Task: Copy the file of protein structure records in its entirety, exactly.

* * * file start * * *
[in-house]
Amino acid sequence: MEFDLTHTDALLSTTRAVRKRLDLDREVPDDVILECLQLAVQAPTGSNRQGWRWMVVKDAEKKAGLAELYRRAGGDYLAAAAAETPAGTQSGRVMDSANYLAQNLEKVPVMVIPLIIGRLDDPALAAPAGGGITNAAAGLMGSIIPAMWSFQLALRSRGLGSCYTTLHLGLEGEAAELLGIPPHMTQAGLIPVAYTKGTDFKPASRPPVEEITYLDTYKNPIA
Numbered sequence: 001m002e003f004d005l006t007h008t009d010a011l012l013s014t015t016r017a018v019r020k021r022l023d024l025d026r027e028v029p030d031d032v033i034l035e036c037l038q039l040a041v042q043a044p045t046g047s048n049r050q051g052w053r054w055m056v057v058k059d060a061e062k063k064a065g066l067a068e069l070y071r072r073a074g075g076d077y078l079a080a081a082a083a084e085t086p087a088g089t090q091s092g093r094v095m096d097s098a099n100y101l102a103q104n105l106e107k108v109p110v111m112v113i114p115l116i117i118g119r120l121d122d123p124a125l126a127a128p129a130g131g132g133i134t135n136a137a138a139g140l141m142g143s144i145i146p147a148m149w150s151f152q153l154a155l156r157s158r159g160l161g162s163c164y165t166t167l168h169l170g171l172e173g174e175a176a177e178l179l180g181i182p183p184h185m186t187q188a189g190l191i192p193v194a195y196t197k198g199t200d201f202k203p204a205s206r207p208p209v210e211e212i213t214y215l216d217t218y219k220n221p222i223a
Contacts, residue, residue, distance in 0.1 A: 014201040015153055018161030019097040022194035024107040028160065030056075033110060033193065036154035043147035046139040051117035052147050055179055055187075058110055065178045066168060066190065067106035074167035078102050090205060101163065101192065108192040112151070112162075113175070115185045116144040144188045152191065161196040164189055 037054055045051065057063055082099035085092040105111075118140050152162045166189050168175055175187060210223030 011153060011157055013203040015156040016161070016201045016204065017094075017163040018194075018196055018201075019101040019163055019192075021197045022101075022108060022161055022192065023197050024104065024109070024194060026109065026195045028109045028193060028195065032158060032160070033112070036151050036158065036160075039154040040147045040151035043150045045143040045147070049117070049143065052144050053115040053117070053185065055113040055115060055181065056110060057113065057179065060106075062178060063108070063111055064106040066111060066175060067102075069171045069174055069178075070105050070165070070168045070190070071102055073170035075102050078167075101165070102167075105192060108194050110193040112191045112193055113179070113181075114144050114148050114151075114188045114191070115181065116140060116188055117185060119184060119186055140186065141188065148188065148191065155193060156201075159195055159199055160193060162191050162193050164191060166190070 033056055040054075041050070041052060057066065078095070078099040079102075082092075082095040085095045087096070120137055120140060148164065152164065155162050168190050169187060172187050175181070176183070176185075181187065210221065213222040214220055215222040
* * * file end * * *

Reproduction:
[in-house]
Amino acid sequence: MEFDLTHTDALLSTTRAVRKRLDLDREVPDDVILECLQLAVQAPTGSNRQGWRWMVVKDAEKKAGLAELYRRAGGDYLAAAAAETPAGTQSGRVMDSANYLAQNLEKVPVMVIPLIIGRLDDPALAAPAGGGITNAAAGLMGSIIPAMWSFQLALRSRGLGSCYTTLHLGLEGEAAELLGIPPHMTQAGLIPVAYTKGTDFKPASRPPVEEITYLDTYKNPIA
Numbered sequence: 001m002e003f004d005l006t007h008t009d010a011l012l013s014t015t016r017a018v019r020k021r022l023d024l025d026r027e028v029p030d031d032v033i034l035e036c037l038q039l040a041v042q043a044p045t046g047s048n049r050q051g052w053r054w055m056v057v058k059d060a061e062k063k064a065g066l067a068e069l070y071r072r073a074g075g076d077y078l079a080a081a082a083a084e085t086p087a088g089t090q091s092g093r094v095m096d097s098a099n100y101l102a103q104n105l106e107k108v109p110v111m112v113i114p115l116i117i118g119r120l121d122d123p124a125l126a127a128p129a130g131g132g133i134t135n136a137a138a139g140l141m142g143s144i145i146p147a148m149w150s151f152q153l154a155l156r157s158r159g160l161g162s163c164y165t166t167l168h169l170g171l172e173g174e175a176a177e178l179l180g181i182p183p184h185m186t187q188a189g190l191i192p193v194a195y196t197k198g199t200d201f202k203p204a205s206r207p208p209v210e211e212i213t214y215l216d217t218y219k220n221p222i223a
Contacts, residue, residue, distance in 0.1 A: 014201040015153055018161030019097040022194035024107040028160065030056075033110060033193065036154035043147035046139040051117035052147050055179055055187075058110055065178045066168060066190065067106035074167035078102050090205060101163065101192065108192040112151070112162075113175070115185045116144040144188045152191065161196040164189055 037054055045051065057063055082099035085092040105111075118140050152162045166189050168175055175187060210223030 011153060011157055013203040015156040016161070016201045016204065017094075017163040018194075018196055018201075019101040019163055019192075021197045022101075022108060022161055022192065023197050024104065024109070024194060026109065026195045028109045028193060028195065032158060032160070033112070036151050036158065036160075039154040040147045040151035043150045045143040045147070049117070049143065052144050053115040053117070053185065055113040055115060055181065056110060057113065057179065060106075062178060063108070063111055064106040066111060066175060067102075069171045069174055069178075070105050070165070070168045070190070071102055073170035075102050078167075101165070102167075105192060108194050110193040112191045112193055113179070113181075114144050114148050114151075114188045114191070115181065116140060116188055117185060119184060119186055140186065141188065148188065148191065155193060156201075159195055159199055160193060162191050162193050164191060166190070 033056055040054075041050070041052060057066065078095070078099040079102075082092075082095040085095045087096070120137055120140060148164065152164065155162050168190050169187060172187050175181070176183070176185075181187065210221065213222040214220055215222040